If you want to know more the team website is in my signature.

Cmanuel
12-01-2009, 07:36 AM
I'm no longer a student but I've been lifting with Illini Powerlifting for several years now. It started back in 2003 with a few guys who wanted to get stronger and now has about 30+ members at any one time plus some alumni members who lift with the team at meets and sometimes at the gym when they come back on campus. It's a Registered Student Organization now so we get some money to use for travel to meets, hotels, equipment, etc. Dracoy (who has a journal on here) and Bergs (who is on here sometimes) are also part of the team.

If you want to know more the team website is in my signature.

Cool I'll be checking it out. About how much do you guys get per year from student organizations? When I was at Clemson I was a part of the weight club there. We had about 100 members, operated our own gym on campus, and was a recognized club but decided to bypass funding from student government. We just charged dues each semester (or discounted rate per year). Usually netted about 8,000 / year, enough for major equipment/gym upgrades each year.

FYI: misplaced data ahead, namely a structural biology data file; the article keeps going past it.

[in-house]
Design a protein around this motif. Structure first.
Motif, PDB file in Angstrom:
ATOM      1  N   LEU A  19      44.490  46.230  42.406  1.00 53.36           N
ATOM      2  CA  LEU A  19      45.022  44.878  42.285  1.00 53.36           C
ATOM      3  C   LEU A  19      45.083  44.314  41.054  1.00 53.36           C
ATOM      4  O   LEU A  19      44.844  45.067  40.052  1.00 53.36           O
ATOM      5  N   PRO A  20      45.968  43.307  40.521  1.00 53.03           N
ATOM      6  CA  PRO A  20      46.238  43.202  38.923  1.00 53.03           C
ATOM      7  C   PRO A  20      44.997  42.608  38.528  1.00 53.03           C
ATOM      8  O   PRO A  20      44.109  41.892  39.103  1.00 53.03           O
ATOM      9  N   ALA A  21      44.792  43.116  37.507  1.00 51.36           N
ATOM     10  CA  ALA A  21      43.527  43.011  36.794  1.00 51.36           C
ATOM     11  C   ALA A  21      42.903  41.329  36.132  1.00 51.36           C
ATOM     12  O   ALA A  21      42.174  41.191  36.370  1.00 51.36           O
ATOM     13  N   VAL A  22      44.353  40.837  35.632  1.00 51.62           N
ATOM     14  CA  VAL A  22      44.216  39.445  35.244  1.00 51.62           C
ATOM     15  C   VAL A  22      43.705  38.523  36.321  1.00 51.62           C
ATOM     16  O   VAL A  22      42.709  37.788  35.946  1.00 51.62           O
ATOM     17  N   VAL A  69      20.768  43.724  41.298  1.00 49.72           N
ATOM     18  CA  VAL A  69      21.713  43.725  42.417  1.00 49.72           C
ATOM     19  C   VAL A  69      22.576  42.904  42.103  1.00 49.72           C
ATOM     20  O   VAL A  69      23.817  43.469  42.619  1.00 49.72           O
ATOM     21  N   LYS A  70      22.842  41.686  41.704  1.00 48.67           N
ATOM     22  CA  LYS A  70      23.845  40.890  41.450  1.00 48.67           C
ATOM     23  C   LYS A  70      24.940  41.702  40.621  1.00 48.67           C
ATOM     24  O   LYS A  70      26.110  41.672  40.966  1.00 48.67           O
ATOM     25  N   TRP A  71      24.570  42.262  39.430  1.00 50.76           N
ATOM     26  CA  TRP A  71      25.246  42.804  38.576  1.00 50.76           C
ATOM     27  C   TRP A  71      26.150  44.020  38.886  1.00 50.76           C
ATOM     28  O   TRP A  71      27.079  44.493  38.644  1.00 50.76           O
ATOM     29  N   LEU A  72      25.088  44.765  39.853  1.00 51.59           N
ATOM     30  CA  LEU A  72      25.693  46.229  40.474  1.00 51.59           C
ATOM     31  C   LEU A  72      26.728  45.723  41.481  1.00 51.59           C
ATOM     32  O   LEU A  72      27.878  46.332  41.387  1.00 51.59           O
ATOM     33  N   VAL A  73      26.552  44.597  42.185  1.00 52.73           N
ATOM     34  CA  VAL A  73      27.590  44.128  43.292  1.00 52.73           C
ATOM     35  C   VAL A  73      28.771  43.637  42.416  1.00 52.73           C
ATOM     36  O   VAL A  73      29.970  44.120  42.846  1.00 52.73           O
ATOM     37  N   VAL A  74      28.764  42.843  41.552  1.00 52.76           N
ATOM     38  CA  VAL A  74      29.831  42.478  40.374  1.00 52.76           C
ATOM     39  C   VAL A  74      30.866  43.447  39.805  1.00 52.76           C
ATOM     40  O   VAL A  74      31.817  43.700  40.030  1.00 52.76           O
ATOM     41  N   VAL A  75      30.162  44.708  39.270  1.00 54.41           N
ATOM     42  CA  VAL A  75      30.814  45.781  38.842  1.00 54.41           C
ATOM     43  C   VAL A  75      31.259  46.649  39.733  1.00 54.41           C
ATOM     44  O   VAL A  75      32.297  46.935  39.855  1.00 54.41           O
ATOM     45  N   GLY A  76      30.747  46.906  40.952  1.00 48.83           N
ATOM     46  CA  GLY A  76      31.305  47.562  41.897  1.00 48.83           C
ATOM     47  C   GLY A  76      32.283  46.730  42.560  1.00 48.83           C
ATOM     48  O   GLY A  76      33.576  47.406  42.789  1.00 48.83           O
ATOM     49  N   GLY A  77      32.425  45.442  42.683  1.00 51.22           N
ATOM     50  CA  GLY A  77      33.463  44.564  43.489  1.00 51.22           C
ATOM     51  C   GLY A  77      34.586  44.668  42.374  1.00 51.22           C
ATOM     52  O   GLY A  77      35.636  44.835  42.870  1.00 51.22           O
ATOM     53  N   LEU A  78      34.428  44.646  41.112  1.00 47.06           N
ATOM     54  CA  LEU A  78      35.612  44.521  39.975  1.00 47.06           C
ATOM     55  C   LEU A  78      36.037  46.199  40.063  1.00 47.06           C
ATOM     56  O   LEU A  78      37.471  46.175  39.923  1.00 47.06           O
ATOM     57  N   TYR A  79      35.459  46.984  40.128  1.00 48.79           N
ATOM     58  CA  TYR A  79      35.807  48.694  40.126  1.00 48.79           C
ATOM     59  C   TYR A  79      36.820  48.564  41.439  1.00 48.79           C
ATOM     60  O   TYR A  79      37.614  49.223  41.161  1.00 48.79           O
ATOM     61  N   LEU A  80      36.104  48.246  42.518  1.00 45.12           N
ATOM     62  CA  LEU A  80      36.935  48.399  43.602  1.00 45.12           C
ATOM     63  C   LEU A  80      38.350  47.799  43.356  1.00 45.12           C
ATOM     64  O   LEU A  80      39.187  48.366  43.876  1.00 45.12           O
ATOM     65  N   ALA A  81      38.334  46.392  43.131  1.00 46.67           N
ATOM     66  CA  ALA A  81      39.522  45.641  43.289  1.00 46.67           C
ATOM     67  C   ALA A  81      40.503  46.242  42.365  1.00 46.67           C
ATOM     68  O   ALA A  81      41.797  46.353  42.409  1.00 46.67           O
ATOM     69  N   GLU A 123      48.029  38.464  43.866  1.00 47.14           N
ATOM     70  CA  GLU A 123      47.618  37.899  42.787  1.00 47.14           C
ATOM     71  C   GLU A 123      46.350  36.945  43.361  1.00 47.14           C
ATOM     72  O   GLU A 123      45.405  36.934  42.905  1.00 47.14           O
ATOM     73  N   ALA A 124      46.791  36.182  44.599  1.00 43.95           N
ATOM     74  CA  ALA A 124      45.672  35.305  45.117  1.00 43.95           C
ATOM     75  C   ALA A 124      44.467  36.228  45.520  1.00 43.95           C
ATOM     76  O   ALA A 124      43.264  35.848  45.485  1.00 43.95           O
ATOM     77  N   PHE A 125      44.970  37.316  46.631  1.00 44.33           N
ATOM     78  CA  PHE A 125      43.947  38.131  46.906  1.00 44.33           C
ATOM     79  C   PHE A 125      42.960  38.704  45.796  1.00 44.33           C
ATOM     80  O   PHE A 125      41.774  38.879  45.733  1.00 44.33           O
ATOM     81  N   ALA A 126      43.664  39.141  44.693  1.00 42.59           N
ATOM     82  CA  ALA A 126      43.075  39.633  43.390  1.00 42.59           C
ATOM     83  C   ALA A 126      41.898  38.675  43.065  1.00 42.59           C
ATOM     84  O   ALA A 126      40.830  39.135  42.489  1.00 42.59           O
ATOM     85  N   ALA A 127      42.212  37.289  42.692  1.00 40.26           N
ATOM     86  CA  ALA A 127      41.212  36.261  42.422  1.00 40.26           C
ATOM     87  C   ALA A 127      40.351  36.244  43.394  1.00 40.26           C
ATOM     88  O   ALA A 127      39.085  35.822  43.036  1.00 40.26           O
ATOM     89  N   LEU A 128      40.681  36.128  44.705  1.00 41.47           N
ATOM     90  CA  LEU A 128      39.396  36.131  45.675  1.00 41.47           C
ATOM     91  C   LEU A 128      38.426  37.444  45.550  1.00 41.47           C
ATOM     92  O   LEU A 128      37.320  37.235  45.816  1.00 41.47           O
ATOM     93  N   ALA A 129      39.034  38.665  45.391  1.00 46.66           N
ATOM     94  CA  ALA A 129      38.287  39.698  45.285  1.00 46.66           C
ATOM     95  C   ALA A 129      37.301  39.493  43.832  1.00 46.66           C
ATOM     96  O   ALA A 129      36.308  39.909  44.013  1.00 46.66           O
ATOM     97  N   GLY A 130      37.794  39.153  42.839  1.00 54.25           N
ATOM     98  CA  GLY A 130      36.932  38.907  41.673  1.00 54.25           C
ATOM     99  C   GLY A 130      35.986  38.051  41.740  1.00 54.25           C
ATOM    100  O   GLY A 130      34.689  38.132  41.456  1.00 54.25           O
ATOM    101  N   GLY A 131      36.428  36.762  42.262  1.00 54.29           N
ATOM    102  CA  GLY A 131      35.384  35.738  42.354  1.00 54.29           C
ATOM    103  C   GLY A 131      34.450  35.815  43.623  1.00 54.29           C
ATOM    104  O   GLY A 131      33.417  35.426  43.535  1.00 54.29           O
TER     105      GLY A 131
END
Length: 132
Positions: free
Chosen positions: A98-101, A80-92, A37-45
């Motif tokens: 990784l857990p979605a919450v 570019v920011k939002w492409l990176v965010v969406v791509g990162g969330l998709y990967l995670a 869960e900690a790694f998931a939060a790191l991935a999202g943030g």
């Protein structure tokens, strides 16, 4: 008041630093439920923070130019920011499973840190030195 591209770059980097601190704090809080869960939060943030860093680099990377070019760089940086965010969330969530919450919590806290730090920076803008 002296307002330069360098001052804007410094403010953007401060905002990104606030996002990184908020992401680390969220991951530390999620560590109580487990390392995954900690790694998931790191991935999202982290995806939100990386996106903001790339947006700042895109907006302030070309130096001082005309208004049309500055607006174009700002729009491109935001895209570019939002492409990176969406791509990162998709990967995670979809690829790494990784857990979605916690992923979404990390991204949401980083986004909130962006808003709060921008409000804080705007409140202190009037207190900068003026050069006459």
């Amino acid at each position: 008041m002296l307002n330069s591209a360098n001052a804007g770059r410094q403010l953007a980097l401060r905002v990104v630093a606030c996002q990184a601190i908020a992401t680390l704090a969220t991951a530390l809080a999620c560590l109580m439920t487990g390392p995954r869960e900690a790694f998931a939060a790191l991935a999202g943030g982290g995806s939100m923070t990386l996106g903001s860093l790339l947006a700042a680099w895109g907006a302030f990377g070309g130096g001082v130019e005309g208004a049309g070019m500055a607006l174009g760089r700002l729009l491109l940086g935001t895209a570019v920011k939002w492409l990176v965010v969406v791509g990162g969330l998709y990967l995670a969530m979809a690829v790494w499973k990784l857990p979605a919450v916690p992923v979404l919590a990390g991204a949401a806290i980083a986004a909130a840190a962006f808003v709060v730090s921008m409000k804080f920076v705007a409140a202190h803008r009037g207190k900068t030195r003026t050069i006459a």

mr handy
12-01-2009, 10:34 AM
Be ready for a lot of red tape and cr*p when getting the club started, and be ready to participate in SGU (if your school is anything like mine was)

Make sure you encourage everyone of every experience and skill level, and don't allow any negativity toward new lifters (I don't think this will be a problem with people like yourself who are really into the sport)

I found that getting people to show up when they say they will to be the hardest part. Be prepared for a lot of people to come and go, and not do when they say they will... gosh that sounds like everything in college.

Good Luck with the club! I started a mildly successful Paintball club when I was in school, and it ended up being more work then it was worth I think in the end, A Powerlifting Club sounds like it will be received better by the powers that be, and easier to coordinate and keep going on a daily basis. At this point I would have loved to have a club to get me started and show me the ropes.

Detard
12-01-2009, 11:33 AM
We tried to do that this year but got rejected. To make it a formal team, we had to have a bank account set up, and someo ther bull****.